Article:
Any exclusion of my full and equal participation in mainstream society is not acceptable and deconstructing notions of racism, sexism, and white supremacy begins the process of individual and collective liberation. This analysis of resistance theory within colonialism has evolved through my desire to work toward effective change and to ensure that my children and grandchildren are never denied full and equal participation.


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Chow, R. (1993). Where have all the natives gone? In R. Chow, Writing diaspora: Tactics of intervention in contemporary cultural studies. Bloomington: Indiana University.

Coombe, R.J. (1997). The properties of culture and the possession of identity: Postcolonial struggle and the legal imagination. In B. Ziff & P.V. Rao (Eds.), Borrowed power: Essays on cultural appropriation (pp. 74-96). New Brunswick, NJ: Rutgers University.

Fanon, F. (1986). Black skin, white masks (C.L. Markman, Trans.). New York: Grove.

Fanon, F. (1968). On national culture. In F. Fanon, The wretched of the earth: The handbook for the Black revolution that is changing the shape of the world (C. Farington, Trans.). New York: Grove.

hooks, b. (1992). Black looks: Race and representation. Boston: South End.

Jaimes, A.M., & Halsey, T. (1997). American Indian women: At the center of Indigenous resistance in contemporary North America. In A. McClintock, A. Mufti, & E. Shohat (Eds.), Dangerous liaisons: Gender, national and postcolonial perspectives. Minneapolis: University of Manitoba.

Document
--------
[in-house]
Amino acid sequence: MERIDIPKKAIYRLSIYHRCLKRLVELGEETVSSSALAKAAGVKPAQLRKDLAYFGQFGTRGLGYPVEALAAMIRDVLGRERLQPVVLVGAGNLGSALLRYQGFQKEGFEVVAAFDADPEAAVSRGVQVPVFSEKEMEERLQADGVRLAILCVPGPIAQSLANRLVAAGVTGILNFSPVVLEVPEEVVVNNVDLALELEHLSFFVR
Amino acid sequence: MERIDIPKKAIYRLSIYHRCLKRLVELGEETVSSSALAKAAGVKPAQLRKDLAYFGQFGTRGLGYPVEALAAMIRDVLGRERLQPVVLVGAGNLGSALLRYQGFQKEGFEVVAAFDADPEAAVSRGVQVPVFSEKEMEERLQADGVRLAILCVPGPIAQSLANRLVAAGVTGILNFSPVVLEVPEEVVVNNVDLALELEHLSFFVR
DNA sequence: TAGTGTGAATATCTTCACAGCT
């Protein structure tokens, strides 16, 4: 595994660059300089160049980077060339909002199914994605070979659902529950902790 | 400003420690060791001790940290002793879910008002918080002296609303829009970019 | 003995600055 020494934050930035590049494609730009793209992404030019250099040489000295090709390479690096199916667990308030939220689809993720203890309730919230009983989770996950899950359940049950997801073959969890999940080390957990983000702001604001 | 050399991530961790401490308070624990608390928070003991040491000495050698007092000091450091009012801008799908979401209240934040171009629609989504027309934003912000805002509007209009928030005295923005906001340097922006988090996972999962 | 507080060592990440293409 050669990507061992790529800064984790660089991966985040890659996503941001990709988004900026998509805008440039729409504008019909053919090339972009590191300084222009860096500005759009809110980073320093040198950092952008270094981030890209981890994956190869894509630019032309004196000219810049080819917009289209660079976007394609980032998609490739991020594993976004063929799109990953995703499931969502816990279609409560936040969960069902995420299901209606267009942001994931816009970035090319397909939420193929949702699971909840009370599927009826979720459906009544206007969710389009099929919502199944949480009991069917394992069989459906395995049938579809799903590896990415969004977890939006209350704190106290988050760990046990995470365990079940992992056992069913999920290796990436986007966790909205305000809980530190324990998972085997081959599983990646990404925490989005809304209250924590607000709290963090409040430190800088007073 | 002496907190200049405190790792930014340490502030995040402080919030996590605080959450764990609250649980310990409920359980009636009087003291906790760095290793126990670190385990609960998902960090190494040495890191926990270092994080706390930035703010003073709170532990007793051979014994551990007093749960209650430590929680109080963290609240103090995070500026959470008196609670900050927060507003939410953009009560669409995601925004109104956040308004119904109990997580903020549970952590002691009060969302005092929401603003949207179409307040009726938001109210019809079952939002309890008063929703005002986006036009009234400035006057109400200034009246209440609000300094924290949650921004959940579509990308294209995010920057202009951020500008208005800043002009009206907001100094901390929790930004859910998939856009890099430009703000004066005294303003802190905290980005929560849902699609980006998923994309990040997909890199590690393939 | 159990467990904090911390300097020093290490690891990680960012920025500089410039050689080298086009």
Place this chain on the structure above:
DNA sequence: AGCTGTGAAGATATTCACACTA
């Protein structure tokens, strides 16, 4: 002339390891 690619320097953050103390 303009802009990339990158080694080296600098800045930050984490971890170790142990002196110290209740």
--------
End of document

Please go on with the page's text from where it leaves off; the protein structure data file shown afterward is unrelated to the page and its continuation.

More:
Lorde, A. (1981). The master's tools will never dismantle the master's house. In C. Moraga & G. Anzaldúa (Eds.), This bridge called my back: Writings by radical women of color (pp. 98-101). New York: Kitchen Table: Women of Color.

Marshall, P. (1983). Praisesong for the widow. London: Virago.

Memmi, A. (1968). Dominated man: Notes towards a portrait. New York: Orion.

McClintock, A. (1995). Imperial Leather: Race, gender, and sexuality in the colonial contest. New York: Routledge.

Parry, B. (1994). Resistance theory/theorising resistance or two cheers for nativism. In F. Barker, P. Hulme, & M. Inversen (Eds.), Colonial Discourse/Postcolonial Theory (pp. 172-196). Manchester, UK: Manchester University.

Said, E. (1994). From orientalism. In P. Williams & L. Chrisman (Eds.), Colonial discourse and post-colonial theory: A reader (pp. 132-149). New York: Columbia University.

Wa Thiong'o, N. (1986). The language of African literature. Decolonizing the mind: The politics of language in African literature. London: James Curry.